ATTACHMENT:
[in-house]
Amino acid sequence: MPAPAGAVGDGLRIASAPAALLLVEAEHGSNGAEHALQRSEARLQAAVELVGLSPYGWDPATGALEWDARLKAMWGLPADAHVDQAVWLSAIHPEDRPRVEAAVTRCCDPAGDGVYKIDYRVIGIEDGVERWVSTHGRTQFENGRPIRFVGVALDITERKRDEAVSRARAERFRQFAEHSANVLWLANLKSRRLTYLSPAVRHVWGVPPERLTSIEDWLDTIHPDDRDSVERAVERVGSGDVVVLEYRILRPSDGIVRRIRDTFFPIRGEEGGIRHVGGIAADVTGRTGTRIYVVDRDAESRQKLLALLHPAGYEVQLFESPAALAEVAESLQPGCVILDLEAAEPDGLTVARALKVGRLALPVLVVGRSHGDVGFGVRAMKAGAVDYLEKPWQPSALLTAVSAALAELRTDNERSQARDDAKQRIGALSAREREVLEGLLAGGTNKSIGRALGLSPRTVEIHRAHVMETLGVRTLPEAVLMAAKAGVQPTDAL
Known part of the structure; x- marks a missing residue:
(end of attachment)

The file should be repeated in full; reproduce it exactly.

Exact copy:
[in-house]
Amino acid sequence: MPAPAGAVGDGLRIASAPAALLLVEAEHGSNGAEHALQRSEARLQAAVELVGLSPYGWDPATGALEWDARLKAMWGLPADAHVDQAVWLSAIHPEDRPRVEAAVTRCCDPAGDGVYKIDYRVIGIEDGVERWVSTHGRTQFENGRPIRFVGVALDITERKRDEAVSRARAERFRQFAEHSANVLWLANLKSRRLTYLSPAVRHVWGVPPERLTSIEDWLDTIHPDDRDSVERAVERVGSGDVVVLEYRILRPSDGIVRRIRDTFFPIRGEEGGIRHVGGIAADVTGRTGTRIYVVDRDAESRQKLLALLHPAGYEVQLFESPAALAEVAESLQPGCVILDLEAAEPDGLTVARALKVGRLALPVLVVGRSHGDVGFGVRAMKAGAVDYLEKPWQPSALLTAVSAALAELRTDNERSQARDDAKQRIGALSAREREVLEGLLAGGTNKSIGRALGLSPRTVEIHRAHVMETLGVRTLPEAVLMAAKAGVQPTDAL
Known part of the structure; x- marks a missing residue: